Wow — the .22-cal comes out 44% more lethal at 60 yards than the 5mm. Now we can see where the .22-caliber’s fur-punching
reputation comes from!
So here’s the question I have to answer for myself:
5mm .22-cal Delta Max Range (yds): 63 57 22% in favor of 5mm Taylor: 292 422 44% in favor of .22-cal Pellet Pressure* 541 473 14% in favor of 5mm
What is more important — 22% more range or 44% more lethality? [New commentary] Or a 14% higher “Pellet Pressure”? *(Pellet Pressure is
the energy at the target divided by the cross-sectional area of the pellet. For example, 300PP is required to punch through the folded wing
feathers of a crow.) Notice that the 5mm pellet has a better PP (penetration) than the .22. This is one reason why in America, the 5mm pumped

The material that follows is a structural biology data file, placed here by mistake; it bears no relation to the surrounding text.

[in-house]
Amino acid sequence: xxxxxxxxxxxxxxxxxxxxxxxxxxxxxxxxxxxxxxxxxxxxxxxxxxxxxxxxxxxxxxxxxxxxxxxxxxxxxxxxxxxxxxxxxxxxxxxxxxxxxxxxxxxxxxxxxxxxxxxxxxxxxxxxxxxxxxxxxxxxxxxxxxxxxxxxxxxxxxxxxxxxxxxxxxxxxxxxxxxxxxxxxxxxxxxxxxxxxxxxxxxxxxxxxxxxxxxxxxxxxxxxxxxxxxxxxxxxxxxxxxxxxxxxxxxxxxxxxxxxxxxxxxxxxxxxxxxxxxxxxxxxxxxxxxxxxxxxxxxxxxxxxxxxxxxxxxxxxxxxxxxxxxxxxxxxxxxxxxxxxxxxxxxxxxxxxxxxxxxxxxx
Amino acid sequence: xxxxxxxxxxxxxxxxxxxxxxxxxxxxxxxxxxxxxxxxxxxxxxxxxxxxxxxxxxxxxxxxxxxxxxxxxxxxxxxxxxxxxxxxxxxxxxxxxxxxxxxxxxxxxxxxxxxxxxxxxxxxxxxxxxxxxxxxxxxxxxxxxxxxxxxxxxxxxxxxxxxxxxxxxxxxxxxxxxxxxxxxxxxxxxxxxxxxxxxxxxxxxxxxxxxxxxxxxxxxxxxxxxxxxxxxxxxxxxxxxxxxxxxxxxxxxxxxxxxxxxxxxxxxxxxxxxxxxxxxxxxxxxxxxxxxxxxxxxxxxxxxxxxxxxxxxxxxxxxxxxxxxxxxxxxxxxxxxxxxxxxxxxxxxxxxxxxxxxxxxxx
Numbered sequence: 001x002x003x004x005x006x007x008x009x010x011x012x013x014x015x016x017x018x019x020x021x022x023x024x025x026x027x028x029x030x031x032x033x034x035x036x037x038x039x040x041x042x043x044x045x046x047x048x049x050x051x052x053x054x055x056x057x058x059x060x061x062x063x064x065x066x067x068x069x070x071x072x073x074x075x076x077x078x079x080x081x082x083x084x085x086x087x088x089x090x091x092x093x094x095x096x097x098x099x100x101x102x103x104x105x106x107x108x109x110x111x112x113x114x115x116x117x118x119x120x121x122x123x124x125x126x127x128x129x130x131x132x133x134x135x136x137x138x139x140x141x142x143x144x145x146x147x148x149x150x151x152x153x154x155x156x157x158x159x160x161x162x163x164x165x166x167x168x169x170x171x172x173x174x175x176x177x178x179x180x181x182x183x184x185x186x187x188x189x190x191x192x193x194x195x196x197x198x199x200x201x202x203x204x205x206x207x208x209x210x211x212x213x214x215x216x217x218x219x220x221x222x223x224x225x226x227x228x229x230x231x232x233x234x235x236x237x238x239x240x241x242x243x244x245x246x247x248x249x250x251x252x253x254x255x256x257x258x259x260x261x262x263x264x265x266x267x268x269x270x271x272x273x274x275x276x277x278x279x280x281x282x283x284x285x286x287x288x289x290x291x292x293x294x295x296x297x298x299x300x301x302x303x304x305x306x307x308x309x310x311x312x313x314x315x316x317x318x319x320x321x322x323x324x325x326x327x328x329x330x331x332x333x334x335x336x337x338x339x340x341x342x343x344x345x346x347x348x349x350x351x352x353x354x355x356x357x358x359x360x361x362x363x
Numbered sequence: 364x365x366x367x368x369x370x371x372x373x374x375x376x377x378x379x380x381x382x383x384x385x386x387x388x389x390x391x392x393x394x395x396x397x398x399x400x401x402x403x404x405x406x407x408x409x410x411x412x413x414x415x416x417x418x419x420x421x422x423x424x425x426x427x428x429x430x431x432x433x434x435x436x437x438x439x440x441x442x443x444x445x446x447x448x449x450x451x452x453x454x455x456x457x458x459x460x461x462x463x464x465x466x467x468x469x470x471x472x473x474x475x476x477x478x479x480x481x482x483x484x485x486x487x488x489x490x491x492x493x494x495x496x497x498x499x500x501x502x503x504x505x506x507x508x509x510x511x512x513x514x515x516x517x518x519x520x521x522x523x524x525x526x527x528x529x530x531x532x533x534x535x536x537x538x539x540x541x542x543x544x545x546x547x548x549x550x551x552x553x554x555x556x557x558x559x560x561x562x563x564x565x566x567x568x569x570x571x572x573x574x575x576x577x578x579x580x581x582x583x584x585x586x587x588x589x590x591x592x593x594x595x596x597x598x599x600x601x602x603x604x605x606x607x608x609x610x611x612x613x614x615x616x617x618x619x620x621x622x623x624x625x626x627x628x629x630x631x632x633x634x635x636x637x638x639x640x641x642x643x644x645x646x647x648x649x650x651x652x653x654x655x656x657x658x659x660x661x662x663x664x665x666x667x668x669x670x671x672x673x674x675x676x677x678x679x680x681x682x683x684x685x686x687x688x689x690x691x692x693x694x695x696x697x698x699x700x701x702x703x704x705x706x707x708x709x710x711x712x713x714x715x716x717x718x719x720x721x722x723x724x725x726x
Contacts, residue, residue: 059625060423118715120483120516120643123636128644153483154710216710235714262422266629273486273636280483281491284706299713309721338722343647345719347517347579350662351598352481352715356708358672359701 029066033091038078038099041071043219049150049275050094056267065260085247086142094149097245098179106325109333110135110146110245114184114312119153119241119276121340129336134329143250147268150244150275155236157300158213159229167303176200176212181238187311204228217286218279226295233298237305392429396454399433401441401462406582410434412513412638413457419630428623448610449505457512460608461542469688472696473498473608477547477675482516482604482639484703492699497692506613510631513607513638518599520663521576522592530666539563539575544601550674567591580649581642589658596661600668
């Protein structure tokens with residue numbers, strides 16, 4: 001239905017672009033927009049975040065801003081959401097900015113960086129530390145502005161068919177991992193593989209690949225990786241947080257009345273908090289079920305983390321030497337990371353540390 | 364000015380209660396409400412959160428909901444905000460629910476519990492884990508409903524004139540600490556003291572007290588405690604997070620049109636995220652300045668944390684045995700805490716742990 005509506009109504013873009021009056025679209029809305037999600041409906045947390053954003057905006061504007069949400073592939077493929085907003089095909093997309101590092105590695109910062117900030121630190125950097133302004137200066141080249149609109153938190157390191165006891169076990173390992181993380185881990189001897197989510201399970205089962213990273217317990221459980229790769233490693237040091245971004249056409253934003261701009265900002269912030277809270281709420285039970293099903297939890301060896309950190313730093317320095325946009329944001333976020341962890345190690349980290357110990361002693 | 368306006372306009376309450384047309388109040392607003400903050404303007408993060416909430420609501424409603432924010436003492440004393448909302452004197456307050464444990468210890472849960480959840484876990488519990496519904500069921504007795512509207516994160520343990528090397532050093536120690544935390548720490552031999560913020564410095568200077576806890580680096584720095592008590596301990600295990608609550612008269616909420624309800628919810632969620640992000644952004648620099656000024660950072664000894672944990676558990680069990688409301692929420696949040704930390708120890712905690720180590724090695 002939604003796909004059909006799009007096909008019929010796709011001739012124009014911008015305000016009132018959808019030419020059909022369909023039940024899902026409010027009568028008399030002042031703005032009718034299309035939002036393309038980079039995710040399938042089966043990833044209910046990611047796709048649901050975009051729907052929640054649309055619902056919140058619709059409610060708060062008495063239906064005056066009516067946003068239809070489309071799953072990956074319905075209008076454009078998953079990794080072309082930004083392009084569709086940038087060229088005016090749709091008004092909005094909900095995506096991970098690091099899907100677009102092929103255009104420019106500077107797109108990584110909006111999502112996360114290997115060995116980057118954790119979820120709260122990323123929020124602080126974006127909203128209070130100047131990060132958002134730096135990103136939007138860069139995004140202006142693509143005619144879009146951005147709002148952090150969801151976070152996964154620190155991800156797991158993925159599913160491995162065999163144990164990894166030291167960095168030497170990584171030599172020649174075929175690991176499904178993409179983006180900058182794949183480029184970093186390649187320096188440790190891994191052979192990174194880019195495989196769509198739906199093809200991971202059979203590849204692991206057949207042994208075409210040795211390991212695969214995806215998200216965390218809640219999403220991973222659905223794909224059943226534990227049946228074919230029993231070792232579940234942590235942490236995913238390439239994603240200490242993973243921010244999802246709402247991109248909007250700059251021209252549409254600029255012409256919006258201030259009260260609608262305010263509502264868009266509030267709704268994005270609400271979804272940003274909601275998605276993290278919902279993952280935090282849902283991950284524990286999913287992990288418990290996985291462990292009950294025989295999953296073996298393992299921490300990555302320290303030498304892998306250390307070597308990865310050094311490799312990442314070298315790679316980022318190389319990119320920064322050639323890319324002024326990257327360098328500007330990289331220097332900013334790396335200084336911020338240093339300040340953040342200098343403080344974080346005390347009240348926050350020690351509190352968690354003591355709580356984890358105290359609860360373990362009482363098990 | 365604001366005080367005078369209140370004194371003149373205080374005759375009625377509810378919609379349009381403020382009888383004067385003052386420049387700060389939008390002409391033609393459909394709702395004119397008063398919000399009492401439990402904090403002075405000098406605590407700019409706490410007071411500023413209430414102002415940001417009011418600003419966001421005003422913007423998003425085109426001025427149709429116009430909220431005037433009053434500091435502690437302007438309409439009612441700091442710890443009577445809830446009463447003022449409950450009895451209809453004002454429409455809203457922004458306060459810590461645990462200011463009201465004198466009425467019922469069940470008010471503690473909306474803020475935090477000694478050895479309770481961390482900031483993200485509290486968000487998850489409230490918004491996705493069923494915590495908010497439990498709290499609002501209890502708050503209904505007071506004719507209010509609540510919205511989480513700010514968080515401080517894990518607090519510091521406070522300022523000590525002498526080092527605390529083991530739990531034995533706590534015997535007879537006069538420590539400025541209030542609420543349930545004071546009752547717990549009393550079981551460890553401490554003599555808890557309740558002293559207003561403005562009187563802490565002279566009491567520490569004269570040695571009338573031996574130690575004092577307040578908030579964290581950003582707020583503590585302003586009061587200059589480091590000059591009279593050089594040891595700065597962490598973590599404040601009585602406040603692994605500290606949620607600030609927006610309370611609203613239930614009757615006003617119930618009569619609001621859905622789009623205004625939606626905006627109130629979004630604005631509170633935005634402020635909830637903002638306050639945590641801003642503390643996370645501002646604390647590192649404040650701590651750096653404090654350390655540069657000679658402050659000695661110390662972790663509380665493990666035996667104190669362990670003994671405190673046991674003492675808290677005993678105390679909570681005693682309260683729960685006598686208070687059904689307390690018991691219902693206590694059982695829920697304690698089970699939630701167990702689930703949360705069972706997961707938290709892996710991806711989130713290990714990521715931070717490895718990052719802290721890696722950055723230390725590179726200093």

up to achieve 950 fps with the Crosman Premier pellet has developed such a very strong following among varmint hunters. It results in a high
sustainable accuracy at the greatest ranges, with sufficient lethality to do the job. Future experimentation will reveal which of the two pellets
create a larger wound channel. It will be very interesting to compare the wound channel volume of the Premier vs the Crow Magnum pellets
as well. (After all that work to determine efficacy, it still remains a matter of opinion and personal choice!)
Chrony ballistic software.
Before you compute pellet trajectories, you have to measure the velocity at two distances–typically zero and 35 or 40 yards. Shoot five pellets
through the Chronograph at zero yards distance, then five pellets through it at 35 or 40 yards. Note that the Chrony does not require the white
plastic sun shields unless the sun is out and brilliantly clear. Even a hazy sun won’t give good readings with the shields in place. If you plan on